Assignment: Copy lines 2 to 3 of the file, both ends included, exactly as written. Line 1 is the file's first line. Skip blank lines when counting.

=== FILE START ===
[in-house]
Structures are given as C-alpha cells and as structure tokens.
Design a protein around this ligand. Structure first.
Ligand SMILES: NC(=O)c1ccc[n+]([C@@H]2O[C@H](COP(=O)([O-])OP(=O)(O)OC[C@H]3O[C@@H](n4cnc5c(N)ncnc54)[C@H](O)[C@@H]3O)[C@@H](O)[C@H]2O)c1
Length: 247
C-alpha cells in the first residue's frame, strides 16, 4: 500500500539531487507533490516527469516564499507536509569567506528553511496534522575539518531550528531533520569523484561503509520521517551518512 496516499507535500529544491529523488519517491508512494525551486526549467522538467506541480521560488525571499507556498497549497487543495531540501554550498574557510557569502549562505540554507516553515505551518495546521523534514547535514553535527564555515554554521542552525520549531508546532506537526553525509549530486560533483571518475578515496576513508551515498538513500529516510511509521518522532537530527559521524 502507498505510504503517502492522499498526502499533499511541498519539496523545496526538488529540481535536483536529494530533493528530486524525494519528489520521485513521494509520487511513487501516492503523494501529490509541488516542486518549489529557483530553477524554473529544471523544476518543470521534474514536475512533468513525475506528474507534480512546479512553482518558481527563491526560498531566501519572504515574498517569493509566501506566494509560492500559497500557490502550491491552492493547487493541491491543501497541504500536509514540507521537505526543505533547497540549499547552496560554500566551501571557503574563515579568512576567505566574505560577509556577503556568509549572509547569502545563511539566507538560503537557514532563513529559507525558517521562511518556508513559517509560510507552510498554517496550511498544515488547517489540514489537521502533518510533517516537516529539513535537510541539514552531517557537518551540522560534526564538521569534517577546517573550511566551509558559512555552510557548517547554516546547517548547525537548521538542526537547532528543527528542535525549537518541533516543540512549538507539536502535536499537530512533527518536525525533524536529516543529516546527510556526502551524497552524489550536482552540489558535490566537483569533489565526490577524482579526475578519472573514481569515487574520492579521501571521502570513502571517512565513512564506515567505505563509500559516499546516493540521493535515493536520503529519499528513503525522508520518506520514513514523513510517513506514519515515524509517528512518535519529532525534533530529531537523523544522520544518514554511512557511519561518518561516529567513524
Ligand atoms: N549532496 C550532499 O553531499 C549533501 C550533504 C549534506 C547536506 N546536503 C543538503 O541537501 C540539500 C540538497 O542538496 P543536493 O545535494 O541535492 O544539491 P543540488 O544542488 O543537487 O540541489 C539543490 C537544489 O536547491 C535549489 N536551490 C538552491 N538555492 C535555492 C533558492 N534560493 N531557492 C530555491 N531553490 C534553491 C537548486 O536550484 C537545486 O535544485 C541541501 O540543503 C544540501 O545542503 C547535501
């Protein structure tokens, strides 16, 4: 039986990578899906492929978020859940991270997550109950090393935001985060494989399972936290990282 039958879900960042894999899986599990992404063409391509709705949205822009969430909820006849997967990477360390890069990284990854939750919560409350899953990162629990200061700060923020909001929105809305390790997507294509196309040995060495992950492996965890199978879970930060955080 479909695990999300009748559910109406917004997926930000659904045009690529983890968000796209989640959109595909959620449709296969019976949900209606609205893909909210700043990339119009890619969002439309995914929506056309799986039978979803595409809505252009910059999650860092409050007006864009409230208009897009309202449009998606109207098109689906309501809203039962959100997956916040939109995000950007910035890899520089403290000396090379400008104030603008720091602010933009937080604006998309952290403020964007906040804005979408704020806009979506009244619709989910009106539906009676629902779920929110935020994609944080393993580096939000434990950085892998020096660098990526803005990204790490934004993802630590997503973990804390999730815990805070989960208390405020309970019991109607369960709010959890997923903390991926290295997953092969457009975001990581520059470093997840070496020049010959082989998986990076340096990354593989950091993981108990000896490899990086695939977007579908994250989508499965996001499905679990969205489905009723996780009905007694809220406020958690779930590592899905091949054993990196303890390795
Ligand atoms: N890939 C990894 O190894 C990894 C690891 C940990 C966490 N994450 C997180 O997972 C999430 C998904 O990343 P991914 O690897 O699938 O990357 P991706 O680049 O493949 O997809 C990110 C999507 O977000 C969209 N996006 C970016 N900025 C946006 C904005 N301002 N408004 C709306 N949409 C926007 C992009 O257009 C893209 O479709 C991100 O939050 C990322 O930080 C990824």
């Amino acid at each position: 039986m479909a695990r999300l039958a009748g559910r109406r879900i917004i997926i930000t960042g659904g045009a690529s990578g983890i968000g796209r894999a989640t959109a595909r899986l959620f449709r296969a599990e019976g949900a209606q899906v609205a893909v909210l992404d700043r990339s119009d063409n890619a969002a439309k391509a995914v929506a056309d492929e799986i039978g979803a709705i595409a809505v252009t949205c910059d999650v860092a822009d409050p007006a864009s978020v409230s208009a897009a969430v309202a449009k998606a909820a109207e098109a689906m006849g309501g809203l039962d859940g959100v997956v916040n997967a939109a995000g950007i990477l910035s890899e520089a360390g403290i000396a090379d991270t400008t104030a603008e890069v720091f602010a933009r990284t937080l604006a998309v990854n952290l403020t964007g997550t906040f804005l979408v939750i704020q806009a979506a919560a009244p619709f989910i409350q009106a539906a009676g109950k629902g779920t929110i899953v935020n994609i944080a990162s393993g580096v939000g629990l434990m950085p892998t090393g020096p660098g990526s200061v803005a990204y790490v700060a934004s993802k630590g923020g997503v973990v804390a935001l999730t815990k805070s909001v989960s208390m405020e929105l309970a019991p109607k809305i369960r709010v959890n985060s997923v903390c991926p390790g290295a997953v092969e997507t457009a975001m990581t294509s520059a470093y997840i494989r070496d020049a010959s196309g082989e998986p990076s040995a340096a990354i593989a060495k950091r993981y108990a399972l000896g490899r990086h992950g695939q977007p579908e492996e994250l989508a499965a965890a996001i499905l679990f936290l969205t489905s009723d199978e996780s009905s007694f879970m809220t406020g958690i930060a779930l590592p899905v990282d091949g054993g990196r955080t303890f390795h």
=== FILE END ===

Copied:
Structures are given as C-alpha cells and as structure tokens.
Design a protein around this ligand. Structure first.